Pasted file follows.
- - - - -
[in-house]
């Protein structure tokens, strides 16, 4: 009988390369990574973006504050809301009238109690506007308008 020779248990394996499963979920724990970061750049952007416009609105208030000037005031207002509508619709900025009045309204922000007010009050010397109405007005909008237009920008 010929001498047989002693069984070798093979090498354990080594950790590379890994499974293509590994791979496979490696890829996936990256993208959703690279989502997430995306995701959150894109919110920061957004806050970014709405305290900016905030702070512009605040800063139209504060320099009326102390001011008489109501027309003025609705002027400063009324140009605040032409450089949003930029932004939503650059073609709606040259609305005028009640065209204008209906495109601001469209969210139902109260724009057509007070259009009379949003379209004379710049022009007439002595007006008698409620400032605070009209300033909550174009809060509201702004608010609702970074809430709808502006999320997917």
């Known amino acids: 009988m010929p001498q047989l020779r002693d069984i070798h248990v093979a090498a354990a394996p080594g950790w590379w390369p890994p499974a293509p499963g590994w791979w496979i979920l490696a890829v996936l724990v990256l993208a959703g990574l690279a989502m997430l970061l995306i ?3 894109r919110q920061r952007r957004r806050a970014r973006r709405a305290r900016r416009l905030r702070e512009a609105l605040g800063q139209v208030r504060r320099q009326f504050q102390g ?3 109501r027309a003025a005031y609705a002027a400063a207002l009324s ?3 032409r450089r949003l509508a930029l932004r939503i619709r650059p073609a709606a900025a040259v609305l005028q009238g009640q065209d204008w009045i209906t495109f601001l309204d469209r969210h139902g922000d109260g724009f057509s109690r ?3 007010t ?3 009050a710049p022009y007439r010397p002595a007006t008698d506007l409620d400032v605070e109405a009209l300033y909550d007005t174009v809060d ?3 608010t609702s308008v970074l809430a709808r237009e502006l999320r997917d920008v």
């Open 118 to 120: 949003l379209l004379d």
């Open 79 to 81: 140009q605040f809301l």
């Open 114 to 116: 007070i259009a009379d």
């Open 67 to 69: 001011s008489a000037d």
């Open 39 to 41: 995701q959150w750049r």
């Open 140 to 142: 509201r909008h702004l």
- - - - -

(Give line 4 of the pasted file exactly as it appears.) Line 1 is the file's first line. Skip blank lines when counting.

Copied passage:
């Open 118 to 120: 949003l379209l004379d």